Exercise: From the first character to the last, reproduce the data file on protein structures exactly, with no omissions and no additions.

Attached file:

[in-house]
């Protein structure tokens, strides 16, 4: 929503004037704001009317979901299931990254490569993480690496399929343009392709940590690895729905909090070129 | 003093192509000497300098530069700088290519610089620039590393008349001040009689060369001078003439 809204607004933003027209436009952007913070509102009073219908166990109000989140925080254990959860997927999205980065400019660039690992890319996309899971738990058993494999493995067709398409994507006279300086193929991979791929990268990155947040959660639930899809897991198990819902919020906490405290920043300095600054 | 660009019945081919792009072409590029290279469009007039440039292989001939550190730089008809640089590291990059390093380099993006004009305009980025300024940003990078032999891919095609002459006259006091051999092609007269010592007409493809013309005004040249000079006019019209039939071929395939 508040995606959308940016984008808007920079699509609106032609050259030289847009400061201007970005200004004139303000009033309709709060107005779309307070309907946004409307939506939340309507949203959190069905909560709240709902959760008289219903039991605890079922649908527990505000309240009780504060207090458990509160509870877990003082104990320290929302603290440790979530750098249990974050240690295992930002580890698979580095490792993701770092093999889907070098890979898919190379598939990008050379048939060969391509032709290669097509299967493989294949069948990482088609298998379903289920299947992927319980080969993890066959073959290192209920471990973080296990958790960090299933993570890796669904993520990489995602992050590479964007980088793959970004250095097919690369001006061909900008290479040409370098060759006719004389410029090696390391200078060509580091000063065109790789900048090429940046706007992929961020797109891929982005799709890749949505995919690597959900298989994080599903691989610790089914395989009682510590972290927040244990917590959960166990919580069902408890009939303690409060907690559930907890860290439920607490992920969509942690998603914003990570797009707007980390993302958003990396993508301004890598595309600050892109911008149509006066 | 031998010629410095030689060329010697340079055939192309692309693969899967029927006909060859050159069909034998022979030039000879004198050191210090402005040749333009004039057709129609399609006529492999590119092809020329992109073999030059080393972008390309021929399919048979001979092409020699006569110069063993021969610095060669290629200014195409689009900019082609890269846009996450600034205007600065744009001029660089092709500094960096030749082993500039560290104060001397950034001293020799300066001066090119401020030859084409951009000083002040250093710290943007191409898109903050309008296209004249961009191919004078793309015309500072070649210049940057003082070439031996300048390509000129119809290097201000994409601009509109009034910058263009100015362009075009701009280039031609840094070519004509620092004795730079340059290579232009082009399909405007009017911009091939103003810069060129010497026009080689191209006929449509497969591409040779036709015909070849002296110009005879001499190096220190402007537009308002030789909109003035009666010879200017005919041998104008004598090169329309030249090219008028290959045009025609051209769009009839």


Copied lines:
[in-house]
């Protein structure tokens, strides 16, 4: 929503004037704001009317979901299931990254490569993480690496399929343009392709940590690895729905909090070129 | 003093192509000497300098530069700088290519610089620039590393008349001040009689060369001078003439 809204607004933003027209436009952007913070509102009073219908166990109000989140925080254990959860997927999205980065400019660039690992890319996309899971738990058993494999493995067709398409994507006279300086193929991979791929990268990155947040959660639930899809897991198990819902919020906490405290920043300095600054 | 660009019945081919792009072409590029290279469009007039440039292989001939550190730089008809640089590291990059390093380099993006004009305009980025300024940003990078032999891919095609002459006259006091051999092609007269010592007409493809013309005004040249000079006019019209039939071929395939 508040995606959308940016984008808007920079699509609106032609050259030289847009400061201007970005200004004139303000009033309709709060107005779309307070309907946004409307939506939340309507949203959190069905909560709240709902959760008289219903039991605890079922649908527990505000309240009780504060207090458990509160509870877990003082104990320290929302603290440790979530750098249990974050240690295992930002580890698979580095490792993701770092093999889907070098890979898919190379598939990008050379048939060969391509032709290669097509299967493989294949069948990482088609298998379903289920299947992927319980080969993890066959073959290192209920471990973080296990958790960090299933993570890796669904993520990489995602992050590479964007980088793959970004250095097919690369001006061909900008290479040409370098060759006719004389410029090696390391200078060509580091000063065109790789900048090429940046706007992929961020797109891929982005799709890749949505995919690597959900298989994080599903691989610790089914395989009682510590972290927040244990917590959960166990919580069902408890009939303690409060907690559930907890860290439920607490992920969509942690998603914003990570797009707007980390993302958003990396993508301004890598595309600050892109911008149509006066 | 031998010629410095030689060329010697340079055939192309692309693969899967029927006909060859050159069909034998022979030039000879004198050191210090402005040749333009004039057709129609399609006529492999590119092809020329992109073999030059080393972008390309021929399919048979001979092409020699006569110069063993021969610095060669290629200014195409689009900019082609890269846009996450600034205007600065744009001029660089092709500094960096030749082993500039560290104060001397950034001293020799300066001066090119401020030859084409951009000083002040250093710290943007191409898109903050309008296209004249961009191919004078793309015309500072070649210049940057003082070439031996300048390509000129119809290097201000994409601009509109009034910058263009100015362009075009701009280039031609840094070519004509620092004795730079340059290579232009082009399909405007009017911009091939103003810069060129010497026009080689191209006929449509497969591409040779036709015909070849002296110009005879001499190096220190402007537009308002030789909109003035009666010879200017005919041998104008004598090169329309030249090219008028290959045009025609051209769009009839």